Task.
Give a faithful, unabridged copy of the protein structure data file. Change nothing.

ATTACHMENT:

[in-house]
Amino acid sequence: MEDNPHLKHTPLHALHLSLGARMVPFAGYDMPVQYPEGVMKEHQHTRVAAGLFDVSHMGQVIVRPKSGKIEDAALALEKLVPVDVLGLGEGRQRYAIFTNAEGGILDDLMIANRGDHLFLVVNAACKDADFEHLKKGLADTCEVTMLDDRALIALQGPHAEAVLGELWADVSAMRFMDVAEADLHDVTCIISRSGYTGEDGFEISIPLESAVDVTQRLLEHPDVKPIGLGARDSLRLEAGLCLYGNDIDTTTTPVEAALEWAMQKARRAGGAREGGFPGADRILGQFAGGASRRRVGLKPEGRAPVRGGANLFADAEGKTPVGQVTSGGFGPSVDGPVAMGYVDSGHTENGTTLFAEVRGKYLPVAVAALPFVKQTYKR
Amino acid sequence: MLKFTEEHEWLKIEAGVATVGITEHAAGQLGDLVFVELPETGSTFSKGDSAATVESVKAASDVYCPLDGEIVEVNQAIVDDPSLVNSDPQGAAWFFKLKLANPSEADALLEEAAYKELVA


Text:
[in-house]
Amino acid sequence: MEDNPHLKHTPLHALHLSLGARMVPFAGYDMPVQYPEGVMKEHQHTRVAAGLFDVSHMGQVIVRPKSGKIEDAALALEKLVPVDVLGLGEGRQRYAIFTNAEGGILDDLMIANRGDHLFLVVNAACKDADFEHLKKGLADTCEVTMLDDRALIALQGPHAEAVLGELWADVSAMRFMDVAEADLHDVTCIISRSGYTGEDGFEISIPLESAVDVTQRLLEHPDVKPIGLGARDSLRLEAGLCLYGNDIDTTTTPVEAALEWAMQKARRAGGAREGGFPGADRILGQFAGGASRRRVGLKPEGRAPVRGGANLFADAEGKTPVGQVTSGGFGPSVDGPVAMGYVDSGHTENGTTLFAEVRGKYLPVAVAALPFVKQTYKR
Amino acid sequence: MLKFTEEHEWLKIEAGVATVGITEHAAGQLGDLVFVELPETGSTFSKGDSAATVESVKAASDVYCPLDGEIVEVNQAIVDDPSLVNSDPQGAAWFFKLKLANPSEADALLEEAAYKELVA